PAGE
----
I greet Thee, who my sure Redeemer art,
My only trust and Savior of my heart,
Who pain didst undergo for my poor sake;
I pray Thee from our hearts all cares to take.
Thou art the King of mercy and of grace,
Reigning omnipotent in every place;
So come, O King, and our whole being sway;
Shine on us with the light of Thy pure day.
Thou art the life, by which alone we live,
And all our substance and our strength receive;
Sustain us by Thy faith and by Thy power,
And give us strength in every trying hour.
Thou hast the true and perfect gentleness,
No harshness hast Thou and no bitterness;
O grant to us the grace we find in Thee,
That we may dwell in perfect unity.
Our hope is in no other save in Thee;
Our faith is built upon Thy promise free;
Lord, give us peace, and make us calm and sure,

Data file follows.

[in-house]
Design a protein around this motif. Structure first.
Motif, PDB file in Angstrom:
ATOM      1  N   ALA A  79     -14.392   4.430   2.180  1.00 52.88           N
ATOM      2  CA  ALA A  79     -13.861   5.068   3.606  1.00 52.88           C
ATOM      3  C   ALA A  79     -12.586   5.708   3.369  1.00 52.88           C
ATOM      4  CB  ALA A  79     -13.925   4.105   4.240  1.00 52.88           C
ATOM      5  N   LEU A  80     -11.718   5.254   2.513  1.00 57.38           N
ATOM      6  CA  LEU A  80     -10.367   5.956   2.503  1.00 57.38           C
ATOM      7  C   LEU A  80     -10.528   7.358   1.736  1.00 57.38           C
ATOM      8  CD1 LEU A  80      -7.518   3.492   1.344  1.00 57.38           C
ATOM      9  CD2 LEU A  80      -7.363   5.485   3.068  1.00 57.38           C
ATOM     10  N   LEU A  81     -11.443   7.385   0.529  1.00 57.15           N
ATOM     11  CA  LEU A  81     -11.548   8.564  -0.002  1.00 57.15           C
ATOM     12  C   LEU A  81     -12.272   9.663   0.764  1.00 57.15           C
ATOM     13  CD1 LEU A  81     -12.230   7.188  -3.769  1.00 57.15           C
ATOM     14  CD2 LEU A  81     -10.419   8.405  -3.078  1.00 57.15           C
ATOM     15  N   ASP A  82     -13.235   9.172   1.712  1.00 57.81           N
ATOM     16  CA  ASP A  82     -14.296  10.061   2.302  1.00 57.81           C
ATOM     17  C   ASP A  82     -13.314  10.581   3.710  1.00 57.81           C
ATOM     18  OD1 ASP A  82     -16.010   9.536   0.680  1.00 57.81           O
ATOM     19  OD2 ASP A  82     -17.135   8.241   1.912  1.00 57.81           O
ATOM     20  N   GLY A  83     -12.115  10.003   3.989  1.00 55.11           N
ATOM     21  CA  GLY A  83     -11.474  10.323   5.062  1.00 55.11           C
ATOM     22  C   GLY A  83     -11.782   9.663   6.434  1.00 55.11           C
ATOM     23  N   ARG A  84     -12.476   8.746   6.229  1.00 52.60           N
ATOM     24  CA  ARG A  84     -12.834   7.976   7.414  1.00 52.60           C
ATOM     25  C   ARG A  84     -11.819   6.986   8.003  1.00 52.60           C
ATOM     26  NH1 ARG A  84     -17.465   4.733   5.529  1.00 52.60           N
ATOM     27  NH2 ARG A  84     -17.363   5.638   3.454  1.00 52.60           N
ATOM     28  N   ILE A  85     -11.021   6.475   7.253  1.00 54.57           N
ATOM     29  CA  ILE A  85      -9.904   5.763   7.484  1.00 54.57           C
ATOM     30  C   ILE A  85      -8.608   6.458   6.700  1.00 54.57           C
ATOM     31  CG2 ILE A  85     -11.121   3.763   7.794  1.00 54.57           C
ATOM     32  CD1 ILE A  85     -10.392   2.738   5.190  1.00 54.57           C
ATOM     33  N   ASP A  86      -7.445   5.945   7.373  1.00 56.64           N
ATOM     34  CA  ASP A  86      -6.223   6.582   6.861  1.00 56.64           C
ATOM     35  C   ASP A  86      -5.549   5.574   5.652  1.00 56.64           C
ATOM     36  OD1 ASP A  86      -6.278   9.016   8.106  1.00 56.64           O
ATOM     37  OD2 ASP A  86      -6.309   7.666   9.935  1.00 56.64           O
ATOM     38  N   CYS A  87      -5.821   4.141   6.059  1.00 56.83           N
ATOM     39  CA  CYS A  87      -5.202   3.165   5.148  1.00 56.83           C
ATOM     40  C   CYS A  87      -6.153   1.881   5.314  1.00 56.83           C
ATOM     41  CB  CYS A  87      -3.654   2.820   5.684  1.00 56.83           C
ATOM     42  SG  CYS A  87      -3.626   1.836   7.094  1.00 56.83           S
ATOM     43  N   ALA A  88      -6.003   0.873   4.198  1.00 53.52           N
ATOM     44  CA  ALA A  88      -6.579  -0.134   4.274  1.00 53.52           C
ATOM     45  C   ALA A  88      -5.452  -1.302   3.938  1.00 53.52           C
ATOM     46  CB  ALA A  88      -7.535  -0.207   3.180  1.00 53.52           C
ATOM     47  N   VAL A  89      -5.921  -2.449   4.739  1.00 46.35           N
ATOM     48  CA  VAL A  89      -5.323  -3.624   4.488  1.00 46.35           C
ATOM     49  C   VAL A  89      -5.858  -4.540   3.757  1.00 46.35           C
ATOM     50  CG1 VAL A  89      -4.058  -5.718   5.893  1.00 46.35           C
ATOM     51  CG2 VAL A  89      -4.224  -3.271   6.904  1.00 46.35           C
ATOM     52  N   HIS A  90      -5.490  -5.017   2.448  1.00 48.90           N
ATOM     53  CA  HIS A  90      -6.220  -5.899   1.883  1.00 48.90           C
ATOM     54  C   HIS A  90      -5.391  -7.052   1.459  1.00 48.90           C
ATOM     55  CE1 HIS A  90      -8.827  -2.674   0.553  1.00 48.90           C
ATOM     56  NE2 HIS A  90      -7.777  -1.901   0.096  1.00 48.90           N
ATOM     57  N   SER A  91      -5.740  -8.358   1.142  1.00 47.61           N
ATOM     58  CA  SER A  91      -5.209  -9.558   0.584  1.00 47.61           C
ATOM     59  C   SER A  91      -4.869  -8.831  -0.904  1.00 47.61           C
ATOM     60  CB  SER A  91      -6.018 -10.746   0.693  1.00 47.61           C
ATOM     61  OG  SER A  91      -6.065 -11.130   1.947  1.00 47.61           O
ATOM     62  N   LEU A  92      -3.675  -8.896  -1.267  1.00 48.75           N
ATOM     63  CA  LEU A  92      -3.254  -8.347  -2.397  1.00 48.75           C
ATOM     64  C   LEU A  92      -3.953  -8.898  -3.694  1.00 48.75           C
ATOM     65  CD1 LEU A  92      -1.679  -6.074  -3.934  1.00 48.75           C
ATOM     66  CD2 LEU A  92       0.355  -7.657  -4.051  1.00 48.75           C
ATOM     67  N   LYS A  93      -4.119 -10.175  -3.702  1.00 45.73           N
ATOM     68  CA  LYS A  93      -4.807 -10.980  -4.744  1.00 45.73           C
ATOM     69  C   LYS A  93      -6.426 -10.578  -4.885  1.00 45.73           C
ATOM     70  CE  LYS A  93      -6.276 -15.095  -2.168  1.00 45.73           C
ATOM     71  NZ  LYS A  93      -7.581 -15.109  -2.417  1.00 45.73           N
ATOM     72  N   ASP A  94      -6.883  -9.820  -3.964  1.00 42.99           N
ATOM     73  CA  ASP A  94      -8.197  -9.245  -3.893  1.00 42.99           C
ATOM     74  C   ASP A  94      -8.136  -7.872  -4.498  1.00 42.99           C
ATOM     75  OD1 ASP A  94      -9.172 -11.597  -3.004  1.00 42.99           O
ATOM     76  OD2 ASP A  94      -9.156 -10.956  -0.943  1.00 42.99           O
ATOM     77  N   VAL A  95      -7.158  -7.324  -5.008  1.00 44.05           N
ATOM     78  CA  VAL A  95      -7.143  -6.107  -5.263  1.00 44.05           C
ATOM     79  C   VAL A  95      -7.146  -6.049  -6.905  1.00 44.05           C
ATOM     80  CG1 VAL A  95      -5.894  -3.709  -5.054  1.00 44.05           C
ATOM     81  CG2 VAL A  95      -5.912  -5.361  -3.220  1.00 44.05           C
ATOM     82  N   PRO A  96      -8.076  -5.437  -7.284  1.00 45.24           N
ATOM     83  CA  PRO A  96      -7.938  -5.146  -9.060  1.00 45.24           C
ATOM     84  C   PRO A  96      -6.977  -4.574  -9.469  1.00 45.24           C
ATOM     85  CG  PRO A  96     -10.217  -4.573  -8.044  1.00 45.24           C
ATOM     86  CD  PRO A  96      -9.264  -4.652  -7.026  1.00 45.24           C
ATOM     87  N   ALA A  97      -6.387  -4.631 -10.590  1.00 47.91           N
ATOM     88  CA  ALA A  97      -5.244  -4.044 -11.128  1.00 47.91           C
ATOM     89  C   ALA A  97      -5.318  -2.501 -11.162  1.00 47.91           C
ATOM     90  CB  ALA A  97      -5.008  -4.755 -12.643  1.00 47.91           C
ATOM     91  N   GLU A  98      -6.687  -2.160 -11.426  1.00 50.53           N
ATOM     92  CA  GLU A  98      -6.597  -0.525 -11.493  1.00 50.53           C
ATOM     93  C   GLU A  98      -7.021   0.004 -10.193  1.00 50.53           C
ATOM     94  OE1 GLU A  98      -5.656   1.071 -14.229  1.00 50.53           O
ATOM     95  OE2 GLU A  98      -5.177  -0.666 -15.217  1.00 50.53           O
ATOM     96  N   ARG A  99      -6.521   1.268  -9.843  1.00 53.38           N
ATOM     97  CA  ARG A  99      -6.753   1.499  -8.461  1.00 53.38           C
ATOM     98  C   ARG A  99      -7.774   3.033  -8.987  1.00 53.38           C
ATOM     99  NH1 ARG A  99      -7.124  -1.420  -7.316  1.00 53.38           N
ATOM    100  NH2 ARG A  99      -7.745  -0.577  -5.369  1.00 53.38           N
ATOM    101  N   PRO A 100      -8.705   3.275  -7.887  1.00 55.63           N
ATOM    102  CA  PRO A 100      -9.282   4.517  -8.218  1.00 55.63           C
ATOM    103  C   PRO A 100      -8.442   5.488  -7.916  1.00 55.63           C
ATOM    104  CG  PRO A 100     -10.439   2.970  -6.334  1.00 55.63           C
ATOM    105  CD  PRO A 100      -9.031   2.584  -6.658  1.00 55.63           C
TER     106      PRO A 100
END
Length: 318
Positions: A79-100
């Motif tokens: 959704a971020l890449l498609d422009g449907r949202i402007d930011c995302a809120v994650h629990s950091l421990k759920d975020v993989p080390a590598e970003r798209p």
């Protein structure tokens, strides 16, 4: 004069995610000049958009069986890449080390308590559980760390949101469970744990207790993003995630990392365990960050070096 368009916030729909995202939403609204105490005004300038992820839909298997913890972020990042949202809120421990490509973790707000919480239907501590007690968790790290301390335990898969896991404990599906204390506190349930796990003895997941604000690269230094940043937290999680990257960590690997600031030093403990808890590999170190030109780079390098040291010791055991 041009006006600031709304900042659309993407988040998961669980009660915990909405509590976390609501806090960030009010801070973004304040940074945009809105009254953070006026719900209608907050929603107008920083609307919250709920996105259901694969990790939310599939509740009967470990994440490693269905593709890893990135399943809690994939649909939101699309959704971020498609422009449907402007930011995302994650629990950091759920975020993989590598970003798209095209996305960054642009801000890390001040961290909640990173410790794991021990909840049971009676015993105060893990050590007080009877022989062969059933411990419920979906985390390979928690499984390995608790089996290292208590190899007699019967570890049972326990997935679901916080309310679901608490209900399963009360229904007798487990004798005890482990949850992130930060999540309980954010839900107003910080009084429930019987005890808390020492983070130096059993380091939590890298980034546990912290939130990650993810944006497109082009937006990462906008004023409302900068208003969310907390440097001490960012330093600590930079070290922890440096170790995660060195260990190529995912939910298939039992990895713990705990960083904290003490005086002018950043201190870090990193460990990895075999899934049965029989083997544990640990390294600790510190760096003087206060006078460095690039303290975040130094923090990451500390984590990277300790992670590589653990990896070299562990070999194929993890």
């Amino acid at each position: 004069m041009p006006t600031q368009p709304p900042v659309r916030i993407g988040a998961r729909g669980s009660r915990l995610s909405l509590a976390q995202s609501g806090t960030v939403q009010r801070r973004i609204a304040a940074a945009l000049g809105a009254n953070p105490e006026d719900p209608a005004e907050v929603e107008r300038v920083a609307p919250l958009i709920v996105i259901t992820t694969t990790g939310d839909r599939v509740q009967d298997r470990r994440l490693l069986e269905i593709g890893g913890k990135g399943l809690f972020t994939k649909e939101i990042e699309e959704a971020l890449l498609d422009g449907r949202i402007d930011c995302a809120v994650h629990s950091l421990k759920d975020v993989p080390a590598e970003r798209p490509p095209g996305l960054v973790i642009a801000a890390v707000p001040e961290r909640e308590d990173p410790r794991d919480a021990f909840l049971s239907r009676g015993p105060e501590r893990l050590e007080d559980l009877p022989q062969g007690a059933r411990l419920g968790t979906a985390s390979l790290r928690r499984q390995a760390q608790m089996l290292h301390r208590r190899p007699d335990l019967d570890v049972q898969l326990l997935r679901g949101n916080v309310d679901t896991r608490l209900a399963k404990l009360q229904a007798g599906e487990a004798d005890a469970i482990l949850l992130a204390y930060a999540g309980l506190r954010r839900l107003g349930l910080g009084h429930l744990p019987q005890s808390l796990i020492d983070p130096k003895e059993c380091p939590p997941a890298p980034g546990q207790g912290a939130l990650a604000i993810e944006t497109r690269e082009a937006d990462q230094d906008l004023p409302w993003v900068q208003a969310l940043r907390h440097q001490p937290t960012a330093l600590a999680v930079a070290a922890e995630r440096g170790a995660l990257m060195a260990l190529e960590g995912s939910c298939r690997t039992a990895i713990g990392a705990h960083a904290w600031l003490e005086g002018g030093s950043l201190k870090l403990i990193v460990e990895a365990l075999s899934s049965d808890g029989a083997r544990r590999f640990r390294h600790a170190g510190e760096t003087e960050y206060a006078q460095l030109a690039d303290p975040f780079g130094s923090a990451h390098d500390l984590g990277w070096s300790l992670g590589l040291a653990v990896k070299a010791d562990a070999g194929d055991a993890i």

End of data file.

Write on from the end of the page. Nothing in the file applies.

That in Thy strength we evermore endure.
This hymn has been attributed to John Calvin, from the Strasbourg Psalter of 1545. One of the primary reasons for not attributing it to Calvin is that the hymn is not found in any of the later psalters. Plus, the basis of the hymn does not come from any Psalm text. (source)
According to Shine Cycle this hymn has an interesting meter to it.
An interesting feature of this hymn is its meter. You don’t see many hymns written with ten syllables per line; lines of eight, seven, or six are far more common. (“Common Meter” is 220.127.116.11, and “Long Meter” is 18.104.22.168; both of those are so common that they have those names and are referred to by them in every hymnal published in the last century and more, while 10.10.10.10, like other less-common meters, is identified only by those numbers.)